The report also shows traffic crashes and fatalities in Madison have increased significantly since 2019, matching the national trend. Notably, East Washington Ave alone accounted for one third of all Madison traffic fatalities and all victims were vulnerable users (pedestrians and cyclists)! This is very alarming and is a tragic example of why we urgently need to put more resources into to efforts like Vision Zero.
For a second year in a row the city Parking Division reported a budget deficit which required them to pull $3.3M from reserves. The loss was attributed to loss of revenue and weak demand for parking garage spaces. Unlike the majority of this report, which has a progressive vision supporting all modes of transportation (car, bike, walk, bus, etc..), the parking division is hoping for a “stronger recovery and increase in parking demand…”. This statement makes me ponder how the incentives for the “car” Parking Division (to increase car parking demand) is at odds with the transportation departments overall goals and priorities (Vision Zero, Complete Green Streets, BRT, transportation equity, etc…). Do we really want to “increase parking demand”?
Traffic Engineering Accomplishments
The city has a long list of accomplishments from 2021 and most are focused on improving our transportation infrastructure to support all modes of transportation. It’s a respectable list and shows all the hard work accomplished by the city staff and leadership. I think we are moving in the right direction as a city and the rate of improvement has accelerated since 2019. Lots of work remains, but I’m proud of Madison and happy to call this my home. Thank you!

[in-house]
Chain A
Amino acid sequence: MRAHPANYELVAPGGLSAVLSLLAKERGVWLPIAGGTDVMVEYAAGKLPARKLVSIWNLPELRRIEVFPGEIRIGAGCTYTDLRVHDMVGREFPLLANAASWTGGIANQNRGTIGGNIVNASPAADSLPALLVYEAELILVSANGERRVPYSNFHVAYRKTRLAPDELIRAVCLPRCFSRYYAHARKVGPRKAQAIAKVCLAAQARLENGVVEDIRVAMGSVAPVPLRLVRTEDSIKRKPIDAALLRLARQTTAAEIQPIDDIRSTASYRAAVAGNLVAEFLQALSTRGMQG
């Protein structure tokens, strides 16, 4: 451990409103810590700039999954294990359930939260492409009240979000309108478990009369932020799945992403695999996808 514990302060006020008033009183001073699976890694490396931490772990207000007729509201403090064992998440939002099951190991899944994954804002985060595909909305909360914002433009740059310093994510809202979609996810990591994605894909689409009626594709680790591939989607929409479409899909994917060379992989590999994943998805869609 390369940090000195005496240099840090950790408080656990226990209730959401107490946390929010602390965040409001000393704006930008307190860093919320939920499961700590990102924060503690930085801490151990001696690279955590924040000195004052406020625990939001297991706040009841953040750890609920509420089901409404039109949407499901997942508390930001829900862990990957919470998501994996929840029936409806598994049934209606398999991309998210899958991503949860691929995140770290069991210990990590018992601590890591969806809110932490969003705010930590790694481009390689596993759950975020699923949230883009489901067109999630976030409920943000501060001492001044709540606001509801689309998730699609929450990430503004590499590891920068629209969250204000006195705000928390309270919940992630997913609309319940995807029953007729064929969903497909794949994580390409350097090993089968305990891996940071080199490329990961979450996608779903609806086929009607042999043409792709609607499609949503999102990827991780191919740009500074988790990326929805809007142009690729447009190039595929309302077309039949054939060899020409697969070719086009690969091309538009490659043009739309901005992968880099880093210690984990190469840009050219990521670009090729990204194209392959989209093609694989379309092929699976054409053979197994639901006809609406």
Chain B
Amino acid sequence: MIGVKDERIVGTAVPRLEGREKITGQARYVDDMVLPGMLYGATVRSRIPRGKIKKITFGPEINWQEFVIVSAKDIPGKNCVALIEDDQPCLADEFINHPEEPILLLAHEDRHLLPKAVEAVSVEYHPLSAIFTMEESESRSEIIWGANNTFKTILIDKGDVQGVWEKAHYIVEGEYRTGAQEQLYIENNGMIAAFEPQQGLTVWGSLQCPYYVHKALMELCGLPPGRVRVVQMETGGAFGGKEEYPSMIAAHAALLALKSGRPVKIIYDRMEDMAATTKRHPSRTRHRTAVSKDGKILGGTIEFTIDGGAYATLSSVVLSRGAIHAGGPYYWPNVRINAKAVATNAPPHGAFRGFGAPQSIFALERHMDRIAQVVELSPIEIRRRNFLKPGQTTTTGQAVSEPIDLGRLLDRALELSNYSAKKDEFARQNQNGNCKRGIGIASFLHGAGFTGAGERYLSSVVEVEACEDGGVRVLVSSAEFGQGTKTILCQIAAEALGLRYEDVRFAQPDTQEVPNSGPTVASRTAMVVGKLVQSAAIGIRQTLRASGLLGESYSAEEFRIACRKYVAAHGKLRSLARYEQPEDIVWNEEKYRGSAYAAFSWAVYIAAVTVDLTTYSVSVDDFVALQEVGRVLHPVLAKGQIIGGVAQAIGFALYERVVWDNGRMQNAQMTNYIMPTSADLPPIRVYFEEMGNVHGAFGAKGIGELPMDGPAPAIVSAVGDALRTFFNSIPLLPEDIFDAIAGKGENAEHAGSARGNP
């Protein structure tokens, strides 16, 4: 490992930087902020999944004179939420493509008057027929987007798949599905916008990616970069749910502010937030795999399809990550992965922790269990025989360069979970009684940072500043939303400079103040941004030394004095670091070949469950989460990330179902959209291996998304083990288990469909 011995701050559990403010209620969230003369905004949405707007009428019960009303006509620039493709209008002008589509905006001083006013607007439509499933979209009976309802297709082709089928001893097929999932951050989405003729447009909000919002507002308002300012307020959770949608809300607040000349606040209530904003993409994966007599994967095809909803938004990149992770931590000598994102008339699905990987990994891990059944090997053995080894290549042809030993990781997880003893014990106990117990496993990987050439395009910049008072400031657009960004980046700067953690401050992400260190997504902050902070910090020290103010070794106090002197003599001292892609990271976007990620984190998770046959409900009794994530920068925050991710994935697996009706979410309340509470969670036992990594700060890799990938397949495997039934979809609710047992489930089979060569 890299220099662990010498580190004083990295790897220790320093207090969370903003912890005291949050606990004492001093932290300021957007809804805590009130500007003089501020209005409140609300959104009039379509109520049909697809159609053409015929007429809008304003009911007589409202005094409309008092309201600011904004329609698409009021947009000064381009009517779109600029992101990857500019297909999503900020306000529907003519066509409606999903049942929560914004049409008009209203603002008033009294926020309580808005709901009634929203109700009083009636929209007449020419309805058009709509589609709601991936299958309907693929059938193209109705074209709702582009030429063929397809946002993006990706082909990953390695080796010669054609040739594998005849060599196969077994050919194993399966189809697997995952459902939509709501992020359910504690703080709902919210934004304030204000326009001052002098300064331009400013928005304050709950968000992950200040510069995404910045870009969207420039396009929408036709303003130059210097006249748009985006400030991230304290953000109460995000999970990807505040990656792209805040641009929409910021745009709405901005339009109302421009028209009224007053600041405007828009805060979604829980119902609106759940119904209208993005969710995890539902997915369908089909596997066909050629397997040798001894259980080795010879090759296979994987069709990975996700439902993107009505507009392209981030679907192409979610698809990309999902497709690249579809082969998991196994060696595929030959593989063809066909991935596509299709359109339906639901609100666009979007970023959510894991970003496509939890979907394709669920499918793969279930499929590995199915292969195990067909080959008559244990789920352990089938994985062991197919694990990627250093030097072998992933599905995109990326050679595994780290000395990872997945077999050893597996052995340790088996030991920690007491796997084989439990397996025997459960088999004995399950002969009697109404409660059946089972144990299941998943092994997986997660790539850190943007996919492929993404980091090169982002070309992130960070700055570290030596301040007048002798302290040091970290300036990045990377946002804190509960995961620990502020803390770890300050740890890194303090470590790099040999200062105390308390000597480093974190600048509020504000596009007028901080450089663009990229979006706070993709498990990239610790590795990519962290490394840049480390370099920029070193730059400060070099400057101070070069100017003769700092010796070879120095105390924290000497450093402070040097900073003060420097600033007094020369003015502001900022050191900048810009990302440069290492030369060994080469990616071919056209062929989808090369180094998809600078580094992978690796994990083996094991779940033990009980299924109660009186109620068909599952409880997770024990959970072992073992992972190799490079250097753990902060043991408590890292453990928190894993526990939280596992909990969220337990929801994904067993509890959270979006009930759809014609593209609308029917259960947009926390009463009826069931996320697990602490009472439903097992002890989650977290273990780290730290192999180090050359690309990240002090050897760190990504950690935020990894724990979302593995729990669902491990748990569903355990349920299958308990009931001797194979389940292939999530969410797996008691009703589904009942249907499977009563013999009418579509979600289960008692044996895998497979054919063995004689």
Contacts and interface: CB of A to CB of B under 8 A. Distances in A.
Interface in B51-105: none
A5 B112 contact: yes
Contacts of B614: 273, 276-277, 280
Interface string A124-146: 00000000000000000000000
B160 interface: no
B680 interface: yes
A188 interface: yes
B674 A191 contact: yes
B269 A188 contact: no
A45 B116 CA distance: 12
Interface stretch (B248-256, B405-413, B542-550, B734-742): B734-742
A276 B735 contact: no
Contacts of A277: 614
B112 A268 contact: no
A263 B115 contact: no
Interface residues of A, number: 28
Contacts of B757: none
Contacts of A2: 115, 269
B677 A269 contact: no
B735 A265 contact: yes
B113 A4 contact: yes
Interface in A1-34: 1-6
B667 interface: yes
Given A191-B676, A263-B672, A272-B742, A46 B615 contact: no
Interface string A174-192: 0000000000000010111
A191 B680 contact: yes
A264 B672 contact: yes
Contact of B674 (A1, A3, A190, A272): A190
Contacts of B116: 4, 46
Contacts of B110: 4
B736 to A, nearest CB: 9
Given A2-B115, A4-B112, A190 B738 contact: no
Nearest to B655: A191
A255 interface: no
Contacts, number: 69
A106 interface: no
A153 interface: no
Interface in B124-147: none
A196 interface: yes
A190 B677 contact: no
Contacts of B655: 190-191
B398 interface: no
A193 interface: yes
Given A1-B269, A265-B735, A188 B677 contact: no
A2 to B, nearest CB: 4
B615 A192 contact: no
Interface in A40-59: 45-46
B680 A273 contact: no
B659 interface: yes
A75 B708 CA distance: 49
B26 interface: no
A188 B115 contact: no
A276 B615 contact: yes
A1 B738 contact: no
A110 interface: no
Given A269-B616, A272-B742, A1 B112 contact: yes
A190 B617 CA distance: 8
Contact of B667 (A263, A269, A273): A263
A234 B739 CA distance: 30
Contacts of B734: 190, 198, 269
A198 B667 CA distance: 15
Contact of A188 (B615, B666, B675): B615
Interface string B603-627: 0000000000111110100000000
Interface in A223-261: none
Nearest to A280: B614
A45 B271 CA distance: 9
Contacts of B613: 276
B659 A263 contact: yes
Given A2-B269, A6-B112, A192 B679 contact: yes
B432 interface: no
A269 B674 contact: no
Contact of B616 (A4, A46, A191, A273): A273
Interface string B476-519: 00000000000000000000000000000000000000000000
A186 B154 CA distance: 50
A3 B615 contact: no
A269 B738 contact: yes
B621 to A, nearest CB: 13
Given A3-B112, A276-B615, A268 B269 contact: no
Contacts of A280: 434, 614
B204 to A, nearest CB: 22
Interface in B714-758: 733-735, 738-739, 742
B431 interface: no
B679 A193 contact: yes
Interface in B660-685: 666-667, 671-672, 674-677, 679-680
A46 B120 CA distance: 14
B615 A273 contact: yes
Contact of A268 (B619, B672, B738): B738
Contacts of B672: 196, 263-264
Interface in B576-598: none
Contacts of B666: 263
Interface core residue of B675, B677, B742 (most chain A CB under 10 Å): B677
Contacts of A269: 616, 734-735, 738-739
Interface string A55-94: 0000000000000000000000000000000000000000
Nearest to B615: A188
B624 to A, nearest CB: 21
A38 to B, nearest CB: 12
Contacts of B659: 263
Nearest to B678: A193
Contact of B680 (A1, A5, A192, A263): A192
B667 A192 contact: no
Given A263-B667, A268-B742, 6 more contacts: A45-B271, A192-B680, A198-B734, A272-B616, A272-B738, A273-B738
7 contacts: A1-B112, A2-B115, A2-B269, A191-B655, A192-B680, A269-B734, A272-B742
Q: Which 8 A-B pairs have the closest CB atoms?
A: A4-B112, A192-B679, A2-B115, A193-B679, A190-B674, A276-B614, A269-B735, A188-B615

University Avenue Bike Path Detour Ended
The bike path is completely open [..]. All path closures have been removed. Any detour signs that remain will be removed soon. The detour across University Avenue will be required one more time for the final path restoration. The final restoration will take place this spring after the asphalt plants open up in approximately 2 months. [..] Other work in the area will include replacement of a chain link fence between the RR and the path and landscape restoration.
Eric Hjellen – MMSD Project Engineer
Bike Lanes to be Added Under Troy Drive Railroad Bridge
The new bridge proposed would span the entire right of way, allowing for two vehicle lanes, bike lanes and sidewalks on both sides of the road. This is a much-needed improvement to facilitate safe travel for all modes of transportation. Read more…